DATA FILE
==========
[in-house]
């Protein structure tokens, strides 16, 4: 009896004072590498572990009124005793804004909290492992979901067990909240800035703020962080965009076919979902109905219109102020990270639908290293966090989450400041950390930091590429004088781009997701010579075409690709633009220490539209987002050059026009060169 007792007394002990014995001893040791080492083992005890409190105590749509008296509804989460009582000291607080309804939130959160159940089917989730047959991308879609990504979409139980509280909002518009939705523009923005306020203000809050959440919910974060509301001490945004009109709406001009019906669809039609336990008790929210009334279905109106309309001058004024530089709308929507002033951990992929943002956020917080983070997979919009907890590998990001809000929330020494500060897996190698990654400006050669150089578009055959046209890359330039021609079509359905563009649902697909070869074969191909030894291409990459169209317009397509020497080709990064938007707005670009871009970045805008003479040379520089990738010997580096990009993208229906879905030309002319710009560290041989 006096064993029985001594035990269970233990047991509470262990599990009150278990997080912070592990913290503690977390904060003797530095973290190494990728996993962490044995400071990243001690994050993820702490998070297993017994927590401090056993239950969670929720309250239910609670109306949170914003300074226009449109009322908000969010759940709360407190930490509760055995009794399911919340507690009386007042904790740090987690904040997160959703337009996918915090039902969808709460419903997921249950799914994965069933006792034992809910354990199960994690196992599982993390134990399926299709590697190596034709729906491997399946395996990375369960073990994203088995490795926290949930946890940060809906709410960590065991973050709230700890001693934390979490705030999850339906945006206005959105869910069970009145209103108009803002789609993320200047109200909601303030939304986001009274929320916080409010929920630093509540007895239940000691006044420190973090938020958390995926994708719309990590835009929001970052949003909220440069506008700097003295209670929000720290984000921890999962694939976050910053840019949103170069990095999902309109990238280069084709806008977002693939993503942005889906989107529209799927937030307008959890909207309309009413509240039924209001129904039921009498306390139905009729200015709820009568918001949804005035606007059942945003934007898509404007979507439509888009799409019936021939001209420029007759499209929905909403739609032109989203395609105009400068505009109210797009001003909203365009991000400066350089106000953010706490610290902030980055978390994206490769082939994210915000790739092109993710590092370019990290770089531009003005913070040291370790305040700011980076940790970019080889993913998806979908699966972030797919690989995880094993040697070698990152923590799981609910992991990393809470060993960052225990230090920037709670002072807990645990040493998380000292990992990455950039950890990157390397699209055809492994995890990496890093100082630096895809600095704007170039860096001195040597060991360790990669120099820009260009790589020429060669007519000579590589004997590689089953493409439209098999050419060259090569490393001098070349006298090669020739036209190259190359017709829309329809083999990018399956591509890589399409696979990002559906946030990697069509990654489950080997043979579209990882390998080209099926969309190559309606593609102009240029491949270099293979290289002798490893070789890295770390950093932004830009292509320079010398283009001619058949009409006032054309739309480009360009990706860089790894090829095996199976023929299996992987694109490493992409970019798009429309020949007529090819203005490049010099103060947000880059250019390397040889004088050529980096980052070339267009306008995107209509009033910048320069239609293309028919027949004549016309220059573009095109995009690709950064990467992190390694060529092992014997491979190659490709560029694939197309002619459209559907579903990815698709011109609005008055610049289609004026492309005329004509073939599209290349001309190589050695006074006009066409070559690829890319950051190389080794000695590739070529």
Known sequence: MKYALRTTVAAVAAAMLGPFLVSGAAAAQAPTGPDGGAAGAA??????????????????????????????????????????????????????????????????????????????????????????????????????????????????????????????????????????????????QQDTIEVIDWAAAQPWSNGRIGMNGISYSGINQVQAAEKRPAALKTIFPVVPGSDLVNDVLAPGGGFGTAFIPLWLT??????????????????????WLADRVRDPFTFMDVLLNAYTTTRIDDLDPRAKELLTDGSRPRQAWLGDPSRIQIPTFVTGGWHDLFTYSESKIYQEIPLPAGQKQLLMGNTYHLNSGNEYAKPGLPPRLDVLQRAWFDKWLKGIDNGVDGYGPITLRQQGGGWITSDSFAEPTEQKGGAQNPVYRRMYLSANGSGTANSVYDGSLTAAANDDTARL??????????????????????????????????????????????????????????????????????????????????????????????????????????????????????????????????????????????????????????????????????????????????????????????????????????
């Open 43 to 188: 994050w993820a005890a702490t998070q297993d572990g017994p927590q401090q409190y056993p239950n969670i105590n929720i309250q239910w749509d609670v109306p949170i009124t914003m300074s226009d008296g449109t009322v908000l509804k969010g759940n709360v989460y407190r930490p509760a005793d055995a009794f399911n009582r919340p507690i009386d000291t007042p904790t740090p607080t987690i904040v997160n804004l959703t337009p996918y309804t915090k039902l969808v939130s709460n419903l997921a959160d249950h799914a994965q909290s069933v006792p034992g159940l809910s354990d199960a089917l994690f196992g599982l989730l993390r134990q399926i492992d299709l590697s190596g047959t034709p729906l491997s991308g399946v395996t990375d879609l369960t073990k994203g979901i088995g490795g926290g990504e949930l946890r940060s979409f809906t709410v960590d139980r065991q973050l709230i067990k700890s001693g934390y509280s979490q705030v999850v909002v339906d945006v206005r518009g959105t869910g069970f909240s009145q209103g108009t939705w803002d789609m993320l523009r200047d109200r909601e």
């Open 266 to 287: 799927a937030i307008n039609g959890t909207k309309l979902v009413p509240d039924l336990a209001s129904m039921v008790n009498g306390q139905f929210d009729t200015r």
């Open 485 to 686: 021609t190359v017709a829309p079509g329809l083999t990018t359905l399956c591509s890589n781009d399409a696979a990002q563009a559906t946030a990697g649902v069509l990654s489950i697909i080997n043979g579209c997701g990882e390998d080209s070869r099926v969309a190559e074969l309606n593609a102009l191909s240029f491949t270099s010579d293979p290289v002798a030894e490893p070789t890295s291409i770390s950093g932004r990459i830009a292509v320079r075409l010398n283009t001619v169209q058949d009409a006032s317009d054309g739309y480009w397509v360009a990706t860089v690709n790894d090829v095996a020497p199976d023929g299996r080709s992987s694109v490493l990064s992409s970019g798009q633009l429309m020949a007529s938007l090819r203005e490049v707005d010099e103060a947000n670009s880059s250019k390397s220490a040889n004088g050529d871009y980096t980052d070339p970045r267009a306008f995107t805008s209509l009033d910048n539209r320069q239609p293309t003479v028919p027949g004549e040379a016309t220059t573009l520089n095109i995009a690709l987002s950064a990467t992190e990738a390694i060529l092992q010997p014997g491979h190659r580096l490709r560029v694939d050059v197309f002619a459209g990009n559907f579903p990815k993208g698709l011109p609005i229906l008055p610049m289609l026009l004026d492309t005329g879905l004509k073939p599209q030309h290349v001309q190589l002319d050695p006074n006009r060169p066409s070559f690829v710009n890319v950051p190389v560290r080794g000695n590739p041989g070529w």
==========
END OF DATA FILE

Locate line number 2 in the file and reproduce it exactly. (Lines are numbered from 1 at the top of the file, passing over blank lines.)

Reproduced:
């Protein structure tokens, strides 16, 4: 009896004072590498572990009124005793804004909290492992979901067990909240800035703020962080965009076919979902109905219109102020990270639908290293966090989450400041950390930091590429004088781009997701010579075409690709633009220490539209987002050059026009060169 007792007394002990014995001893040791080492083992005890409190105590749509008296509804989460009582000291607080309804939130959160159940089917989730047959991308879609990504979409139980509280909002518009939705523009923005306020203000809050959440919910974060509301001490945004009109709406001009019906669809039609336990008790929210009334279905109106309309001058004024530089709308929507002033951990992929943002956020917080983070997979919009907890590998990001809000929330020494500060897996190698990654400006050669150089578009055959046209890359330039021609079509359905563009649902697909070869074969191909030894291409990459169209317009397509020497080709990064938007707005670009871009970045805008003479040379520089990738010997580096990009993208229906879905030309002319710009560290041989 006096064993029985001594035990269970233990047991509470262990599990009150278990997080912070592990913290503690977390904060003797530095973290190494990728996993962490044995400071990243001690994050993820702490998070297993017994927590401090056993239950969670929720309250239910609670109306949170914003300074226009449109009322908000969010759940709360407190930490509760055995009794399911919340507690009386007042904790740090987690904040997160959703337009996918915090039902969808709460419903997921249950799914994965069933006792034992809910354990199960994690196992599982993390134990399926299709590697190596034709729906491997399946395996990375369960073990994203088995490795926290949930946890940060809906709410960590065991973050709230700890001693934390979490705030999850339906945006206005959105869910069970009145209103108009803002789609993320200047109200909601303030939304986001009274929320916080409010929920630093509540007895239940000691006044420190973090938020958390995926994708719309990590835009929001970052949003909220440069506008700097003295209670929000720290984000921890999962694939976050910053840019949103170069990095999902309109990238280069084709806008977002693939993503942005889906989107529209799927937030307008959890909207309309009413509240039924209001129904039921009498306390139905009729200015709820009568918001949804005035606007059942945003934007898509404007979507439509888009799409019936021939001209420029007759499209929905909403739609032109989203395609105009400068505009109210797009001003909203365009991000400066350089106000953010706490610290902030980055978390994206490769082939994210915000790739092109993710590092370019990290770089531009003005913070040291370790305040700011980076940790970019080889993913998806979908699966972030797919690989995880094993040697070698990152923590799981609910992991990393809470060993960052225990230090920037709670002072807990645990040493998380000292990992990455950039950890990157390397699209055809492994995890990496890093100082630096895809600095704007170039860096001195040597060991360790990669120099820009260009790589020429060669007519000579590589004997590689089953493409439209098999050419060259090569490393001098070349006298090669020739036209190259190359017709829309329809083999990018399956591509890589399409696979990002559906946030990697069509990654489950080997043979579209990882390998080209099926969309190559309606593609102009240029491949270099293979290289002798490893070789890295770390950093932004830009292509320079010398283009001619058949009409006032054309739309480009360009990706860089790894090829095996199976023929299996992987694109490493992409970019798009429309020949007529090819203005490049010099103060947000880059250019390397040889004088050529980096980052070339267009306008995107209509009033910048320069239609293309028919027949004549016309220059573009095109995009690709950064990467992190390694060529092992014997491979190659490709560029694939197309002619459209559907579903990815698709011109609005008055610049289609004026492309005329004509073939599209290349001309190589050695006074006009066409070559690829890319950051190389080794000695590739070529």